Booze52

The Old Fashioned

By • February 21, 2013 • 16 Comments

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Some things just go together -- and the obvious accompaniment to food is drink. Welcome to Booze52, in which we explore all manner of libations that do much more than just wash down a meal. 

Today: A drink with a name that lies -- walk through our step-by-step photos to make a cocktail has never gone out of fashion. 


A lot of cocktails come and go. This one has hung around -- for at least 200 years. What’s with all the staying power?

That depends on who you ask. Rye or bourbon lovers stand by its side for the clear breakthrough of flavor. “It’s strong, square-jawed, with just enough civilization to keep you from hollerin' like a mountain-jack,” describes cocktail historian David Wondrich. It’s a smart drink, offering enough complexity in taste without obliterating the very spirit that makes it good in the first place. Others appreciate its simplicity; they admire its marbled color and its timelessness.

This is the cocktail holy trinity of spirit, sugar, and bitters, people. Which means that we should venerate Old Fashioneds -- and drink lots of them. 

Old Fashioned

1 sugar cube
3 dashes Angostura bitters
Water
Ice
2 oz. rye whiskey
Orange peel (for garnish)

 

Place sugar cube in bottom of a rocks glass. Add bitters and a splash of water.

 

Crush sugar thoroughly with a wooden muddler or strong spoon. Pour in the whiskey, place a few ice cubes in the glass, and then and stir until well chilled. Garnish with an orange twist.

See the full recipe (and save and print it) here.

How do you fancy your Old Fashioned? 

Photos by James Ransom 

Jump to Comments (16)

Tags: booze52, old fashioned, whiskey, classic, cocktail, drink, recipe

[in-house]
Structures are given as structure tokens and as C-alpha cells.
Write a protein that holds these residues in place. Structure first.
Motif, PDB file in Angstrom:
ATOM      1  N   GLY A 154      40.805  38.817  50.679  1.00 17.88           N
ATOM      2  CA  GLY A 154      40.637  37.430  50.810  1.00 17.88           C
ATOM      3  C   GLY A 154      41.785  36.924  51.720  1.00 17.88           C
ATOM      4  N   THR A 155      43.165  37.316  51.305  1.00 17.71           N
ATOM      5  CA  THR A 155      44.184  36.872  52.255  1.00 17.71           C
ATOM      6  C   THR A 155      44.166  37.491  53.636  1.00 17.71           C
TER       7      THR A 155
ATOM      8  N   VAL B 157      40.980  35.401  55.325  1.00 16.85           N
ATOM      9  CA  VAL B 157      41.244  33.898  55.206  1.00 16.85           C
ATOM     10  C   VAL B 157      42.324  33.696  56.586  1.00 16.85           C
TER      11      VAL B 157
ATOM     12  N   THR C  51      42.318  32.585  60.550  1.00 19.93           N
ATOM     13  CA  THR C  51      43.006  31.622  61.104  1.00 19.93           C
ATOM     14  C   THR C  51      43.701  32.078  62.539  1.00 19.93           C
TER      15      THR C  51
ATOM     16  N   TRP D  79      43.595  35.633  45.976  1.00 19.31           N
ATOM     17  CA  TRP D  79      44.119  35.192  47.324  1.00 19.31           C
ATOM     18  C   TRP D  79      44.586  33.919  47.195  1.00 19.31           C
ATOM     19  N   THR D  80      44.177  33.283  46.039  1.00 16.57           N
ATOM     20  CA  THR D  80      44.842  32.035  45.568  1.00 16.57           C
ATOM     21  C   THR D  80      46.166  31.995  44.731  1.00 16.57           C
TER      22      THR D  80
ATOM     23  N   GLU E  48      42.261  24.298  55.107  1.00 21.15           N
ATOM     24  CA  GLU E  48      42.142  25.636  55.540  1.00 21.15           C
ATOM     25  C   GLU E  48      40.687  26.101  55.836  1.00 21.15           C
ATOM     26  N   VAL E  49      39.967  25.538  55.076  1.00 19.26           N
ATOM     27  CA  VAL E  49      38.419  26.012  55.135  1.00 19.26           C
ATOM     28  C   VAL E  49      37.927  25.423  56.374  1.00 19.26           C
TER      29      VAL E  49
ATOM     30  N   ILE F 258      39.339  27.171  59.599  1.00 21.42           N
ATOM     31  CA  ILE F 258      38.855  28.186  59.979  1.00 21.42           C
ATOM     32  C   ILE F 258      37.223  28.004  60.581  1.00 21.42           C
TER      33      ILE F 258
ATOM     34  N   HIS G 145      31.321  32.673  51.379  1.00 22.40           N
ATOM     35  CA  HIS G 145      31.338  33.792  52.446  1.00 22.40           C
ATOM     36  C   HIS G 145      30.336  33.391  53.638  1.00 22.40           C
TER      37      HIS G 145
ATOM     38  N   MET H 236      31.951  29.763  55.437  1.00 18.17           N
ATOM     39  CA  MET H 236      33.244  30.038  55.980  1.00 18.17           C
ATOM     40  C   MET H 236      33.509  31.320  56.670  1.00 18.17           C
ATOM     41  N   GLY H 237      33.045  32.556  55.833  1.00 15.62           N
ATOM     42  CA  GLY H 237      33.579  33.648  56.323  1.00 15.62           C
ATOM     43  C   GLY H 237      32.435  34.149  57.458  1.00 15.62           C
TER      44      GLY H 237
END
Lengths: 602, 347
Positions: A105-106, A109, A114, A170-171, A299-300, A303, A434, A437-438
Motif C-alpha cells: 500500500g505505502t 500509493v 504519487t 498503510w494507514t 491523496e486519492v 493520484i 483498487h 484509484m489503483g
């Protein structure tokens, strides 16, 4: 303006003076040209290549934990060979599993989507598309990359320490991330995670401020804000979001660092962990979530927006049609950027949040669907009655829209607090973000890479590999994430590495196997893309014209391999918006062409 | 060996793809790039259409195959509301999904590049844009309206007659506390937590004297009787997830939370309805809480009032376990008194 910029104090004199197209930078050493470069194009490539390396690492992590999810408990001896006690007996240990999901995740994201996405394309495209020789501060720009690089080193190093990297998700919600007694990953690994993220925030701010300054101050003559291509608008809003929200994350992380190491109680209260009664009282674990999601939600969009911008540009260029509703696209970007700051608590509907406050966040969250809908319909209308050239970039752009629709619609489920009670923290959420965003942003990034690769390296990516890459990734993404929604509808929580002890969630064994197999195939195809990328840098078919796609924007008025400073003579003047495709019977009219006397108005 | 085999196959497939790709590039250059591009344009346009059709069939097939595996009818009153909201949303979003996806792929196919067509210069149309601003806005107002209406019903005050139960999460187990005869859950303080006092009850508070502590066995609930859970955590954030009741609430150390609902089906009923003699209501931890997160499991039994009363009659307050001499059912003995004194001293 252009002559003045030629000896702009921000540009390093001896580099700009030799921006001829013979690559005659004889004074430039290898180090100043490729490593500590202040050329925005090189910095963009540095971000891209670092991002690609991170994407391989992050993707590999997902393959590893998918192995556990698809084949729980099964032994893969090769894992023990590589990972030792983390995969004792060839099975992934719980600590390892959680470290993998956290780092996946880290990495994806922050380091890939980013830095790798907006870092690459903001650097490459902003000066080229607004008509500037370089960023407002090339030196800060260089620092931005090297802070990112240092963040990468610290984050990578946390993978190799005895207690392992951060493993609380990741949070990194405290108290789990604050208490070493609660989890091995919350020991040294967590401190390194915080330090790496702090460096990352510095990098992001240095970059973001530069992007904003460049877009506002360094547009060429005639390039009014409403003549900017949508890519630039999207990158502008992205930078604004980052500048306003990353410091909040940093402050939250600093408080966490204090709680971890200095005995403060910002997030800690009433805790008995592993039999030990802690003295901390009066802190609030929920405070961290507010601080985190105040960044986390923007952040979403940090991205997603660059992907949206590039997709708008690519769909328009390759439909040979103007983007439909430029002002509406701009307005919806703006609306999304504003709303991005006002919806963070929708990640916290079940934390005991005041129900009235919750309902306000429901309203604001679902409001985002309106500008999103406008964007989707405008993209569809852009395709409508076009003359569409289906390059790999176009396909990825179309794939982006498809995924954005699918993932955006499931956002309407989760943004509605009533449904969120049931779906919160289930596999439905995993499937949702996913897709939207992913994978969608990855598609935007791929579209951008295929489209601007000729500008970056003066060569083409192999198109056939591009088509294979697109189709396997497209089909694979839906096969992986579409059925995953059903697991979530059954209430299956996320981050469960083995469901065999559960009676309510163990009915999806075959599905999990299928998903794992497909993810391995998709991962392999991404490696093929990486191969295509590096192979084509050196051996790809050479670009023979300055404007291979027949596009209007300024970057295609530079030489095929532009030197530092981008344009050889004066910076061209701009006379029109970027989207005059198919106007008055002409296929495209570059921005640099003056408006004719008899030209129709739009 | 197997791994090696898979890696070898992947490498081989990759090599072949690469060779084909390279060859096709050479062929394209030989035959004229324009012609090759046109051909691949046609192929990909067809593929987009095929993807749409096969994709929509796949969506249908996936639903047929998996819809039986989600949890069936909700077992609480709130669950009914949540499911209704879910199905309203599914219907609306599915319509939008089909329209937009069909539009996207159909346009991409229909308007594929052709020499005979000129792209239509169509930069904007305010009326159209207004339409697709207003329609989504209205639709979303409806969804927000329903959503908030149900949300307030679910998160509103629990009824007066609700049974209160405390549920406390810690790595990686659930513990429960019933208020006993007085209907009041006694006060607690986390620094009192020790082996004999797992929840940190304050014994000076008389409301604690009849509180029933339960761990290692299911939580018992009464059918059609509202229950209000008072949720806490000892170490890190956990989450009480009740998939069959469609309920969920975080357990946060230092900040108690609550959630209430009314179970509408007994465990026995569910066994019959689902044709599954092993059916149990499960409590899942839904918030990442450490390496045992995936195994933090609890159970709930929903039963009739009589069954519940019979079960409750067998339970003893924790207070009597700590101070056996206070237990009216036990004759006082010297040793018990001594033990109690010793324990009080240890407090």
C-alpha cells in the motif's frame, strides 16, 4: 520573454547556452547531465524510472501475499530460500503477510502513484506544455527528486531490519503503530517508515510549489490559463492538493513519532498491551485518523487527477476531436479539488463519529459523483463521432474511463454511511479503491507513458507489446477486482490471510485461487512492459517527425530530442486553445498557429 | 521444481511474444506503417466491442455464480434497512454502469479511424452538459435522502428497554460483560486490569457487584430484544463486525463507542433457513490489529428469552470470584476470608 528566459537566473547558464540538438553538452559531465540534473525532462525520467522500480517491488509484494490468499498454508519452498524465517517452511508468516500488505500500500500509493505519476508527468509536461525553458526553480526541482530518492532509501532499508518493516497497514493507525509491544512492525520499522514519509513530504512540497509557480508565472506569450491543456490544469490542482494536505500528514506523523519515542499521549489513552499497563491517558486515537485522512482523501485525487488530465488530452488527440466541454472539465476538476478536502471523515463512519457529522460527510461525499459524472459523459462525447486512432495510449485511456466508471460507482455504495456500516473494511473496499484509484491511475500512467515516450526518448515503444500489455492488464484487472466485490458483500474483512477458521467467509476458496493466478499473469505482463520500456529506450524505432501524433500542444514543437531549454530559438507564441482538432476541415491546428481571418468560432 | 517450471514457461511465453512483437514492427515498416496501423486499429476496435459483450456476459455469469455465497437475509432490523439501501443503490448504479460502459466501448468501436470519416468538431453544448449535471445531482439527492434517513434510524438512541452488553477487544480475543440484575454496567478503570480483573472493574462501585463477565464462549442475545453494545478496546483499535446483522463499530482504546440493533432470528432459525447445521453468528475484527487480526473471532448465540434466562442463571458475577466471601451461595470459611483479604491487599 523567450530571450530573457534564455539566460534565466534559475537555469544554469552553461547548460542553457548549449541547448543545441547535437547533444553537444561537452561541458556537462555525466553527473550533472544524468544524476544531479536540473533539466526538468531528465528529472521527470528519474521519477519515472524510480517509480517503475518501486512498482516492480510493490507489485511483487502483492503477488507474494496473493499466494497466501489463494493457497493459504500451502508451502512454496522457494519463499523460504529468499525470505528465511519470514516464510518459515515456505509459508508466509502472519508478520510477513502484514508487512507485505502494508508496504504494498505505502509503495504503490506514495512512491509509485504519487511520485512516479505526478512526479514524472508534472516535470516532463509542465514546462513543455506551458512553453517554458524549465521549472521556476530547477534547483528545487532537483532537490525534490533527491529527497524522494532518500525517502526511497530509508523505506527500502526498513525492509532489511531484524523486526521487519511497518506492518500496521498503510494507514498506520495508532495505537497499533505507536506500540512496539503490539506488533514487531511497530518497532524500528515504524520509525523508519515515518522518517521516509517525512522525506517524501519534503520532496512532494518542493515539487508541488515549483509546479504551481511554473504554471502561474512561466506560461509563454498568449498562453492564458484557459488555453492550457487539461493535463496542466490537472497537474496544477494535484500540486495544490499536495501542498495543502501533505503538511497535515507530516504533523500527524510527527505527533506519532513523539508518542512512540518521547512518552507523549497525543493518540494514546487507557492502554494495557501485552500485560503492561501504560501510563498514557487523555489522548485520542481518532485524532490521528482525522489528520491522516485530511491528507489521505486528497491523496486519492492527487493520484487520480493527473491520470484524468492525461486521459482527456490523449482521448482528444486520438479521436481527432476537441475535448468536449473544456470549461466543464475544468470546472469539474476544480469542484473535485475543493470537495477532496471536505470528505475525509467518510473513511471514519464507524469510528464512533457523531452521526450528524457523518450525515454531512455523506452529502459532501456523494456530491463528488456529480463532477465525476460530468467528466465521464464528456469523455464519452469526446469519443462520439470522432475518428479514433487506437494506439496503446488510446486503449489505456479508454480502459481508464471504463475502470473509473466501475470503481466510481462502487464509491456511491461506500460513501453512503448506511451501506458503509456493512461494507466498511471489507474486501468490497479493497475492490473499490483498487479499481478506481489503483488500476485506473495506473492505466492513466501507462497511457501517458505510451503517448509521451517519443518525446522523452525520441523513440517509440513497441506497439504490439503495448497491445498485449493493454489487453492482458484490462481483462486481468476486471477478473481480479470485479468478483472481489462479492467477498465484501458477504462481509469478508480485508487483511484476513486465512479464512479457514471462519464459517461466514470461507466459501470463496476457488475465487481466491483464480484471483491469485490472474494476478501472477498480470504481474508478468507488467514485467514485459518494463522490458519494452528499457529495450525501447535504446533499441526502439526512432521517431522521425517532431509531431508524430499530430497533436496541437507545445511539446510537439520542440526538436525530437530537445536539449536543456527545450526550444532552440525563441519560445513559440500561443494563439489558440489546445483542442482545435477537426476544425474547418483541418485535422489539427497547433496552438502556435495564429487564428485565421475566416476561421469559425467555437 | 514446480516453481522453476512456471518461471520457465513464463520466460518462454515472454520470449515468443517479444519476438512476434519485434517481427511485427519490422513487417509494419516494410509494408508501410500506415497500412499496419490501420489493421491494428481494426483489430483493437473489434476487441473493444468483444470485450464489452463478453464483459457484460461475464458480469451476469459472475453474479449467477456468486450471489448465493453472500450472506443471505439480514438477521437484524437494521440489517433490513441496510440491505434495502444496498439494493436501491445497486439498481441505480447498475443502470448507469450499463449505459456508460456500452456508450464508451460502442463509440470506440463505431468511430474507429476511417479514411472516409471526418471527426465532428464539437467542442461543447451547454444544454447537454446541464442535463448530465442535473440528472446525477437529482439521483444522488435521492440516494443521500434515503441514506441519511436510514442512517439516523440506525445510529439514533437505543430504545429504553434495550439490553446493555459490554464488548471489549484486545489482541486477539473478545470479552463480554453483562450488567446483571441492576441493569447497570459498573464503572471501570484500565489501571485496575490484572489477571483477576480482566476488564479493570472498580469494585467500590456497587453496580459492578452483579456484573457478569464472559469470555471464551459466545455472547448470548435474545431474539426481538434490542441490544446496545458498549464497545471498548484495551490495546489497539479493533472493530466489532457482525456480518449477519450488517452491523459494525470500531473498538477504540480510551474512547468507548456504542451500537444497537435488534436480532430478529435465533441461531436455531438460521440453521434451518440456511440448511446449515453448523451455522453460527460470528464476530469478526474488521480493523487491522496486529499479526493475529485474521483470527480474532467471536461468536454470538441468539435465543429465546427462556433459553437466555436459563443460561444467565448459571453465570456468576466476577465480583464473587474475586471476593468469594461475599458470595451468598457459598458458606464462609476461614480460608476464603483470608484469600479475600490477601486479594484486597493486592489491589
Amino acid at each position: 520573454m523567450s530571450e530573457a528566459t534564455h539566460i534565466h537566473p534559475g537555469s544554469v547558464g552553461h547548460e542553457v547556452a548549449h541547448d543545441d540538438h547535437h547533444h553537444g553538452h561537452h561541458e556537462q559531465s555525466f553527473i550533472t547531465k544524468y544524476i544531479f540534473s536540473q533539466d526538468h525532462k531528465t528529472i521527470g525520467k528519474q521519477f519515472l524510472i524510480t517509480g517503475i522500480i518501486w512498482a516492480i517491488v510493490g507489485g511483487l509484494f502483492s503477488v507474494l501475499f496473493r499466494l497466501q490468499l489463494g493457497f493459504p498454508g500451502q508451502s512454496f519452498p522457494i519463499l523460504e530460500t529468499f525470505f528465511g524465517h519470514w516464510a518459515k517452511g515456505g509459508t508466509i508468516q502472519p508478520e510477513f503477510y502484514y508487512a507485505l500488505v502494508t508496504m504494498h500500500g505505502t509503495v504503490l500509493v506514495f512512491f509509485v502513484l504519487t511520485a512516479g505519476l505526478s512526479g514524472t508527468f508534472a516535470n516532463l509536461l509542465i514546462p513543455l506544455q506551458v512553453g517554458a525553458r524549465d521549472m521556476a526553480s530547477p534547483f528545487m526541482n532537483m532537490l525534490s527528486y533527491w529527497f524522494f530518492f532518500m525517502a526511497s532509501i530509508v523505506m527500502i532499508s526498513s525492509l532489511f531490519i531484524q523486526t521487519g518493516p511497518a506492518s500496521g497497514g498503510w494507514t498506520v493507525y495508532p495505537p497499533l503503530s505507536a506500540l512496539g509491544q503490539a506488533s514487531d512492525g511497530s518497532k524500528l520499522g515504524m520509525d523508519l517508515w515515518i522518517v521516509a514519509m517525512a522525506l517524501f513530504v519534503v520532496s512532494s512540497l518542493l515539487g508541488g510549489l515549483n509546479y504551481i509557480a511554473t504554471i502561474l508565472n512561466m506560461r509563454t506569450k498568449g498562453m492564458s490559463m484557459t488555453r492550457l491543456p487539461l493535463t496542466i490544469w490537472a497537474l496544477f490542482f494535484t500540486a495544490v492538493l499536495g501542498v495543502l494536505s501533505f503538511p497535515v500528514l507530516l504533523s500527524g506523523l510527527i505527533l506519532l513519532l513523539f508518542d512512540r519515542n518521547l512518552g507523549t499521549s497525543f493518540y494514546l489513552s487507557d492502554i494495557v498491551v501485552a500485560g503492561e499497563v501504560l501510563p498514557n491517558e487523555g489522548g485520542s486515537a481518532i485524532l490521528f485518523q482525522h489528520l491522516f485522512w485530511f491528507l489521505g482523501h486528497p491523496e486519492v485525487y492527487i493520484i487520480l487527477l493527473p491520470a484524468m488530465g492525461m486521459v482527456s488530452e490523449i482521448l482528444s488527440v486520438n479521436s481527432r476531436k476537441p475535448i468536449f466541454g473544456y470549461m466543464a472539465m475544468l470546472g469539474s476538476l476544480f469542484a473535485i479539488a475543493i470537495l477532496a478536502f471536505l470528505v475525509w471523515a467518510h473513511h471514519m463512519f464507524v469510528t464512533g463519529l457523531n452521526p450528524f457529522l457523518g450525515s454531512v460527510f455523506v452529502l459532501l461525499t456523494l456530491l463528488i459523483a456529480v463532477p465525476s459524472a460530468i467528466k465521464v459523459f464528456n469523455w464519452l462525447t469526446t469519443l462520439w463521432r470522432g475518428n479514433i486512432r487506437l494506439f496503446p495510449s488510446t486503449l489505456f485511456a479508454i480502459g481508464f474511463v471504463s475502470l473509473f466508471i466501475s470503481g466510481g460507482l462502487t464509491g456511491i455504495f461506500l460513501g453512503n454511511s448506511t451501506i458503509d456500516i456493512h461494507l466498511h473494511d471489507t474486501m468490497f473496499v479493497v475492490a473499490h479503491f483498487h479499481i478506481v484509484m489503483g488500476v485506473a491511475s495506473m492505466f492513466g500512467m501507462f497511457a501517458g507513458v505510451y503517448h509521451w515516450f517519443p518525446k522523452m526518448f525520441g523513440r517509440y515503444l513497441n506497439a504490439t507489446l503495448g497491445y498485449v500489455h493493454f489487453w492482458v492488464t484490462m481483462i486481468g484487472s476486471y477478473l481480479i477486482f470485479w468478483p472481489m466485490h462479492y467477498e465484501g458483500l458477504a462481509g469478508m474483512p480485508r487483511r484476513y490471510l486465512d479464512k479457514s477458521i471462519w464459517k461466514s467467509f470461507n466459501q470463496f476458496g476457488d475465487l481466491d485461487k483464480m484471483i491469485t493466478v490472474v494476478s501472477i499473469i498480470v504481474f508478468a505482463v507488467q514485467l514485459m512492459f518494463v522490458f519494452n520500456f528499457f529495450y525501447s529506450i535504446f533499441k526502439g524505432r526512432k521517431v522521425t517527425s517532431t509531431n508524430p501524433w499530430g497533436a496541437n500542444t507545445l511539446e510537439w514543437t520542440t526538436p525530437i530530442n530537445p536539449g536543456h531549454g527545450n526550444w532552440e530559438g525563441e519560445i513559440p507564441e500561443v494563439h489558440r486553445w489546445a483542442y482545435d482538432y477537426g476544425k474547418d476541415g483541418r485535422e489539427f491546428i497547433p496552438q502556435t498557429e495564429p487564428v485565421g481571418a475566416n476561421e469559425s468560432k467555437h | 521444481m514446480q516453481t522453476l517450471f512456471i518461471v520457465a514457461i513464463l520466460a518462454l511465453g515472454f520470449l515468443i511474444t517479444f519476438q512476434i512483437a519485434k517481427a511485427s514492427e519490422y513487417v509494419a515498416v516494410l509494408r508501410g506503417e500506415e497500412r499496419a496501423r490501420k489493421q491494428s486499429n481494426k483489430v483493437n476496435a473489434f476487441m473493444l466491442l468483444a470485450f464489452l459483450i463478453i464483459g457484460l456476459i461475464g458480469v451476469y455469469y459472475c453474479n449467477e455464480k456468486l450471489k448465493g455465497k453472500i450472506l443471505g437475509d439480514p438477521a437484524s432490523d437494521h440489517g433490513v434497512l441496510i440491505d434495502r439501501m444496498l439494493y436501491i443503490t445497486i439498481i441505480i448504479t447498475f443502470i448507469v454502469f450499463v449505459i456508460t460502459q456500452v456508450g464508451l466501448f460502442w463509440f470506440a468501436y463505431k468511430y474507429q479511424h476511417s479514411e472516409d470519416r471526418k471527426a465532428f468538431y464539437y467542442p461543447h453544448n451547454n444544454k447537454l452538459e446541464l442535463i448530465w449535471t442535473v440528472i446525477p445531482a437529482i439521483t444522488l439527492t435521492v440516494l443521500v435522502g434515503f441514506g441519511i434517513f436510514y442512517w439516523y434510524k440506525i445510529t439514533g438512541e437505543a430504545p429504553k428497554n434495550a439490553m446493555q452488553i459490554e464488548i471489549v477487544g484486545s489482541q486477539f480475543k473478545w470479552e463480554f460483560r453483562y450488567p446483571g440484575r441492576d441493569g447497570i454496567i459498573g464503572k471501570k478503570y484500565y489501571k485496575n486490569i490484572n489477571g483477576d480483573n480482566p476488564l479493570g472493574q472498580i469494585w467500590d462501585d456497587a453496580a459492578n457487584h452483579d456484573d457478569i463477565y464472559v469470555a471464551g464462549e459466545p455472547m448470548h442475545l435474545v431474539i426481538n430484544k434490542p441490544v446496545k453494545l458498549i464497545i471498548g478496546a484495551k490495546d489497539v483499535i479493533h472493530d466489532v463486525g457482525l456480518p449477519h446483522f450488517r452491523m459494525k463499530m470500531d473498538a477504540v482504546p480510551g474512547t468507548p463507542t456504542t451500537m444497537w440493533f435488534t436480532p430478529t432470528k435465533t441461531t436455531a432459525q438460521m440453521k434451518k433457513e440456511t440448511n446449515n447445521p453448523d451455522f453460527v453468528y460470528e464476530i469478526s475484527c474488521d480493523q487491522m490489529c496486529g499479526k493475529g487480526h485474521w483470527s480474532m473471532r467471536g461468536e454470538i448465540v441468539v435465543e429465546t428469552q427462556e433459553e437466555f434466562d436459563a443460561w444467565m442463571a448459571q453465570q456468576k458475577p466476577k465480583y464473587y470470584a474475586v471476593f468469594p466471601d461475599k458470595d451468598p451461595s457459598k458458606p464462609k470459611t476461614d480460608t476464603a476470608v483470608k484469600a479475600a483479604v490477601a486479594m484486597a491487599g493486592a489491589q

Comments (16)

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about 1 month ago Greg4

Use bourbon instead of rye preferably a high proof like pappy, fighting cock or wild turkey... Bourbon was the initial main ingredient when the old fashion was invented in the heart of bourbon country, Louisville

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about 1 year ago Erika Kotite

Erika is the founder of Toque magazine and is guiding us through classic cocktails from A to Z in the Booze52 series.

Nice, huh? The rocks glass isn't mine; let me try to find out for you.

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about 1 year ago ttiff

That rocks glass is amazing! I've been scouring the ends of the earth looking for something like that. Where is it from?

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about 1 year ago Erika Kotite

Erika is the founder of Toque magazine and is guiding us through classic cocktails from A to Z in the Booze52 series.

Nice huh? The rocks glass isn't mine; let me try to find out for you.

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about 1 year ago Erika Kotite

Erika is the founder of Toque magazine and is guiding us through classic cocktails from A to Z in the Booze52 series.